I promise you will never see grocery store tomatoes the same.

Connecting with your food reaps many benefits but here are a few:

You waste less – Lets face it, there is a certain amount of work and labor involved with managing a garden. Hopefully you consider it relaxing and rewarding, but its still effort. Its a HUGE bummer to see produce, you grew, go bad. We DESPISE WASTE, its double wicked if its a mama tomato! And for the love of produce chuck it in the compost pile and NOT the trash!

You appreciate more – that juicy tomato took a lot of love and care! You can totally taste the love you put into your little tomato crop and you might learn to appreciate how hard farmers, who grow food in large scales, work. You appreciate how hard it is to keep bugs off, and birds, and hungry crawling things off the precious! You savor each and every one, and you work hard to preserve them when you have 22 tomatoes that are RIPE!

You eat more nutritiously – I mean OBVIOUSLY. Plus if you are growing vegetables, hopefully you are eating them and now you are eating fresh, home-grown, hopefully organic foods, even a small change can reap healthy benefits to you and your family!

You take better care of the environment (who wants to eat Round-Up) – Once you are building and caring for a garden that produces edible things you and your family will eat, spraying toxic things like Round-Up or bug spray will be something you think twice about. (PLEASE THINK TWICE ABOUT IT). PULL THOSE WEEDS instead or find other mechanical means of dealing with them. No one wants to eat chemicals. No one SHOULD EAT CHEMICALS. DON’T DO IT!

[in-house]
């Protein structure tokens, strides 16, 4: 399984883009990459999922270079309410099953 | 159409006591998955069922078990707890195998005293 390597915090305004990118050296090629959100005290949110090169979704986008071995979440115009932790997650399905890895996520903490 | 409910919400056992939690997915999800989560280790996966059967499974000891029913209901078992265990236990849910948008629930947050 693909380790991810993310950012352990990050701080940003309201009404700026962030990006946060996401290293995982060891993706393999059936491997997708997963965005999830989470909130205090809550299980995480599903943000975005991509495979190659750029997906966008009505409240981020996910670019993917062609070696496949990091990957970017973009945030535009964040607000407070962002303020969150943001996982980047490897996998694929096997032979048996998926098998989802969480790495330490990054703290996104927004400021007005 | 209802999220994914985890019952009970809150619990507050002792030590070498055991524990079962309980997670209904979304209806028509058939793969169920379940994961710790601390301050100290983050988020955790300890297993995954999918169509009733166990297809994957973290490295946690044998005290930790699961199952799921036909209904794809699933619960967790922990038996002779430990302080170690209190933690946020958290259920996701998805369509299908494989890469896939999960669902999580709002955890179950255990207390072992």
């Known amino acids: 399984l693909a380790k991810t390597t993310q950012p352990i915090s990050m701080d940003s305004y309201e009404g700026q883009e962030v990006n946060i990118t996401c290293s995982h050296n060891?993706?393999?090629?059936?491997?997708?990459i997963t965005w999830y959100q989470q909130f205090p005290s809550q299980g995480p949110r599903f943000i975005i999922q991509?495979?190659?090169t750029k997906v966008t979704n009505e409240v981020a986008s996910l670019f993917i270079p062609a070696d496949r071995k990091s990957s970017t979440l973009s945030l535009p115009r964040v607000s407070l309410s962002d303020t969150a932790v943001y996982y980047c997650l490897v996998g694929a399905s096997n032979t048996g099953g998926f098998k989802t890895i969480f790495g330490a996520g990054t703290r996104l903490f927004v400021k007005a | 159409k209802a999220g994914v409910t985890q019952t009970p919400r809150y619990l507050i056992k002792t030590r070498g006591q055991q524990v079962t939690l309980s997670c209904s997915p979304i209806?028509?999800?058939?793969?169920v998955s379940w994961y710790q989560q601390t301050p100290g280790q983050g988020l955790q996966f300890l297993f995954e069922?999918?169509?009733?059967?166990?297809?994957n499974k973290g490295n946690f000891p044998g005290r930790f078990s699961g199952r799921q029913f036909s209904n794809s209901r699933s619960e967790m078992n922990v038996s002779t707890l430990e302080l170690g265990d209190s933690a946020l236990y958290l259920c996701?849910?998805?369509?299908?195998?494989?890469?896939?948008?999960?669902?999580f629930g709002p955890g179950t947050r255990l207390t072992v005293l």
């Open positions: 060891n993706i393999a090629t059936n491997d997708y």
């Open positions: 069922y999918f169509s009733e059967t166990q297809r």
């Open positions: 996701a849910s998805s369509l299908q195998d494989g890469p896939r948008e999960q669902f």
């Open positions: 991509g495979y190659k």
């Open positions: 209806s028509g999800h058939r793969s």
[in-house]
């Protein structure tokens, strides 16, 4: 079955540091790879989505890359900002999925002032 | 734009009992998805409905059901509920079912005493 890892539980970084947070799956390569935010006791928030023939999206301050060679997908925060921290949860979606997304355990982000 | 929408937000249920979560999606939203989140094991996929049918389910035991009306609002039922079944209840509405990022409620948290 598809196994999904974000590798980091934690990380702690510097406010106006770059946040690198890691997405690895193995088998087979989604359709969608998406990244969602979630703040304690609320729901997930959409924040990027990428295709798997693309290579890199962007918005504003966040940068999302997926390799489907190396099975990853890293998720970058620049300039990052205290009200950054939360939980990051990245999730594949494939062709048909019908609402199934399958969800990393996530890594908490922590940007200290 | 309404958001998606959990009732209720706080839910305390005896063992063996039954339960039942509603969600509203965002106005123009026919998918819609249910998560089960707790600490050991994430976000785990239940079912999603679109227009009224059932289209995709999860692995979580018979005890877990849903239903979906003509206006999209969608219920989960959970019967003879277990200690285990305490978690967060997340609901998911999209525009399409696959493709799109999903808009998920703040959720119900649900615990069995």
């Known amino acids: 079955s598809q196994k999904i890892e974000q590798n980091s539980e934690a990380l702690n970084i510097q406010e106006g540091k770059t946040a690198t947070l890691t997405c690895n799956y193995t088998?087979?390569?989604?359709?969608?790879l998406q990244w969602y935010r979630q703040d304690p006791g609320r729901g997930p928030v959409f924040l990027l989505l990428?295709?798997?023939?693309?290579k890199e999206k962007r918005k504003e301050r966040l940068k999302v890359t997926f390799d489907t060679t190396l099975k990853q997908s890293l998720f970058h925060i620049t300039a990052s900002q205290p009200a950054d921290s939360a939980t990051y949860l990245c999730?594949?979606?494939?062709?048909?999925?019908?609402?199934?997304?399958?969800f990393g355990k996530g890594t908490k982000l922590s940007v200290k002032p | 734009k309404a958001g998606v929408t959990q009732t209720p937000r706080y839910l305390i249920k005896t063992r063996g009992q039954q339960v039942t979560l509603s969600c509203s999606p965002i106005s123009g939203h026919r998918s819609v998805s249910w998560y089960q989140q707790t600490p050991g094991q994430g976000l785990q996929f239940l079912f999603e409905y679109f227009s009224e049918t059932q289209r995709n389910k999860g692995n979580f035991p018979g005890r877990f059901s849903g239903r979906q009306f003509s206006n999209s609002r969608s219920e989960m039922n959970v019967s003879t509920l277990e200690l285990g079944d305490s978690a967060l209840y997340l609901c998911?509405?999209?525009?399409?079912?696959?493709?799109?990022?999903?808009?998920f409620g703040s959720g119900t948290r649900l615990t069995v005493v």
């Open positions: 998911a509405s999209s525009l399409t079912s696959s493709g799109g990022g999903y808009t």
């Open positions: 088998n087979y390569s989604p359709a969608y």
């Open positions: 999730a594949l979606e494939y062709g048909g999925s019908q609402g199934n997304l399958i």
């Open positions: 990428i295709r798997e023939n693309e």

You learn about the life-cycle -As you visit your garden once or twice a day (more if you are me) you start to see patterns and cycles of nature. It’s FASCINATING. If you are lucky enough to observe birds, and lizards, frogs, butterflies, bees and bugs doing their thing, you start to see how everything has its place in nature.

You cook more – I hope growing your own vegetables, fruits or (AND) herbs will encourage you to cook more. I mean you ARE growing some food for yourself and loved ones right? Learn a new dish for that squash! Try new things. Gardening AND cooking are both great ways to connect with not only your food but with friends and family!

You share with your neighbors or friends, – its a common garden “problem” to all of a sudden have WAAAY too many zucchini or peppers. Be that neighbor or sister, (or Mom), that always shows up to your friends homes with a bag of groceries you grew yourself! TRADE with other gardeners! Trade peppers for tomatoes, its a great way to build connections, make friends, share tips and tricks, recipes, dishes and who knows, maybe one day you’ll need a garden babysitter! Someone will be more than happy to help if you pay them in peppers!

I could keep going and each point can be its own post itself (and it might just be). Bottom line is if you do any of these things, you are connecting with your food and that just encourages a wave of positive benefits for you, your family and the environment!

I would LOVE to hear your garden stories or field any questions so leave comments below!